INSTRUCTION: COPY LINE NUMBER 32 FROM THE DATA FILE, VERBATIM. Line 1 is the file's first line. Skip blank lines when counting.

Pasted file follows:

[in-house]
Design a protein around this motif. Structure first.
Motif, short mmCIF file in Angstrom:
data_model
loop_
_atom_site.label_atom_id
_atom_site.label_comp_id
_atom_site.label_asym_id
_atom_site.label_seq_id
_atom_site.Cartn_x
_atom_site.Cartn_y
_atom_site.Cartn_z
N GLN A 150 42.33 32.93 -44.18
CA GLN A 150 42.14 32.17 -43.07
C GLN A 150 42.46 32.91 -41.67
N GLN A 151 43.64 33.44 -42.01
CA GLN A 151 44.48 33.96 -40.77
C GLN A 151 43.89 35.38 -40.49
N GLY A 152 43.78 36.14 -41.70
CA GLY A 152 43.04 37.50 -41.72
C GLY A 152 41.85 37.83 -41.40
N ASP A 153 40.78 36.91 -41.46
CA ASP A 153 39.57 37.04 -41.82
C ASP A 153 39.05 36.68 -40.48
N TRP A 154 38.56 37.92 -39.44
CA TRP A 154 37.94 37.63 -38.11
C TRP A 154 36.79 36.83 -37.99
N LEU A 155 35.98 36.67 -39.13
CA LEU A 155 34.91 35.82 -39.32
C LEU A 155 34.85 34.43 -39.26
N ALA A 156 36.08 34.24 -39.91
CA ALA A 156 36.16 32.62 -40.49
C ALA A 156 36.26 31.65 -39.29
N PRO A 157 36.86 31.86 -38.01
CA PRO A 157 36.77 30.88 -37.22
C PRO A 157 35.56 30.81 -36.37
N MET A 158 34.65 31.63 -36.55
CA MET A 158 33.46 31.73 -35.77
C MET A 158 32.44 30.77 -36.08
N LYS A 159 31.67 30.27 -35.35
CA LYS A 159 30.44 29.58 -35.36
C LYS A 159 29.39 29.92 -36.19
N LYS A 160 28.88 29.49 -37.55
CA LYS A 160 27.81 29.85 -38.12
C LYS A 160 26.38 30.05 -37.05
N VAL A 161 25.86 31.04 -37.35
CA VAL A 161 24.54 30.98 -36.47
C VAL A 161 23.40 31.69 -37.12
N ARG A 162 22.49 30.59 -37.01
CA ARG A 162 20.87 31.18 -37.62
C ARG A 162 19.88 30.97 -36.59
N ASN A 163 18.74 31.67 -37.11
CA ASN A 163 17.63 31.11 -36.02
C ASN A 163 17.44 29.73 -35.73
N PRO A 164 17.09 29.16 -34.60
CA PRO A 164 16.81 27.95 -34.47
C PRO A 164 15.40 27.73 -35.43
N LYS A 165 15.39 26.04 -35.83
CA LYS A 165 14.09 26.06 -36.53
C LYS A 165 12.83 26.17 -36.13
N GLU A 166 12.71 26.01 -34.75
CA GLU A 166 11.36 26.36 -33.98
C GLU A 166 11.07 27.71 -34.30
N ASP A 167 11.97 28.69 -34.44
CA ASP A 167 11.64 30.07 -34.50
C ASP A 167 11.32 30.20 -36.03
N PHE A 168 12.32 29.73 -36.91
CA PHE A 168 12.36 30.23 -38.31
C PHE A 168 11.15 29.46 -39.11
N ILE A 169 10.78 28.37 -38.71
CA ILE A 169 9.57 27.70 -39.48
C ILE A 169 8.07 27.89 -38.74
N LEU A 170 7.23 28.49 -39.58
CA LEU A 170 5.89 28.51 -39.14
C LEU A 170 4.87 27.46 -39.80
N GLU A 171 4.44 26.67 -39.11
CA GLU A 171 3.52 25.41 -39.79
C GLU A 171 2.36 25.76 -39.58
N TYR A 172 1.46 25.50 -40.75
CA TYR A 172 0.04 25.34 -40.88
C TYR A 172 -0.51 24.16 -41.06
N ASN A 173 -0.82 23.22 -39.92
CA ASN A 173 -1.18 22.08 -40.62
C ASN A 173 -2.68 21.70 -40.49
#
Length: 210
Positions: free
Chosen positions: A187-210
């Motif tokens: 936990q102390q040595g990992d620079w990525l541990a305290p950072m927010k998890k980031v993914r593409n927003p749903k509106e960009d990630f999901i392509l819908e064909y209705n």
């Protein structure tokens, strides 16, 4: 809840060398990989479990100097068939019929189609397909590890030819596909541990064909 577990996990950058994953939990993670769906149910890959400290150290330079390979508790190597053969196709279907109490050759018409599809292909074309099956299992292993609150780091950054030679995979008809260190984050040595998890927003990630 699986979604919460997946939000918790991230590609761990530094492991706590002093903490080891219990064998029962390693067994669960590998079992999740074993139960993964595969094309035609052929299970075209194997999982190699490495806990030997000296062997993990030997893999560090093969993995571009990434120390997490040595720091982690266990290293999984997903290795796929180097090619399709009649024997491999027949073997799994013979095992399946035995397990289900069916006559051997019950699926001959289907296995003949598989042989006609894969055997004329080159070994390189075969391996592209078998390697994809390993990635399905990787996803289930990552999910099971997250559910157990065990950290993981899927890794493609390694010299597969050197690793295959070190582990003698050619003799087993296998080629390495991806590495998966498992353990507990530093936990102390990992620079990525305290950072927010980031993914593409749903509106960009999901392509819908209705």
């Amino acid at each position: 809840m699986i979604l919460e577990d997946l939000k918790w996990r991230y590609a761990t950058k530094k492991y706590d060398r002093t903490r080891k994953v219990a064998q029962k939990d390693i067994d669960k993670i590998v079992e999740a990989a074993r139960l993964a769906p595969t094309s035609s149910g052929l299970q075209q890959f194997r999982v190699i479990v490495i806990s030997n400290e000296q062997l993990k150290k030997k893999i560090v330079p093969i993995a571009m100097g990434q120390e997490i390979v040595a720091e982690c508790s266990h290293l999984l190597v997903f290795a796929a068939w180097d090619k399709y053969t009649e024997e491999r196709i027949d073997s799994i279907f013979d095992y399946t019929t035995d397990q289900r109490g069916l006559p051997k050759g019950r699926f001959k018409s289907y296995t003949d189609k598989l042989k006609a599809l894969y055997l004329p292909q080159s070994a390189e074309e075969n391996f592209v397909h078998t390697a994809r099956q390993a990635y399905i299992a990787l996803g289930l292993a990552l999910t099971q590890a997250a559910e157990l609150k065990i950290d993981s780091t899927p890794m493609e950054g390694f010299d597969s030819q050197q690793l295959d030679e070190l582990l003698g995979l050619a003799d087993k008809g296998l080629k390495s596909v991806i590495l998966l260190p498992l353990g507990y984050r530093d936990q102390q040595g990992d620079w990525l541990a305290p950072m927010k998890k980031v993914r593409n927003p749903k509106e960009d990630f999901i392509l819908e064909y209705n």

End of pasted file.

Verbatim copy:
CA ALA A 156 36.16 32.62 -40.49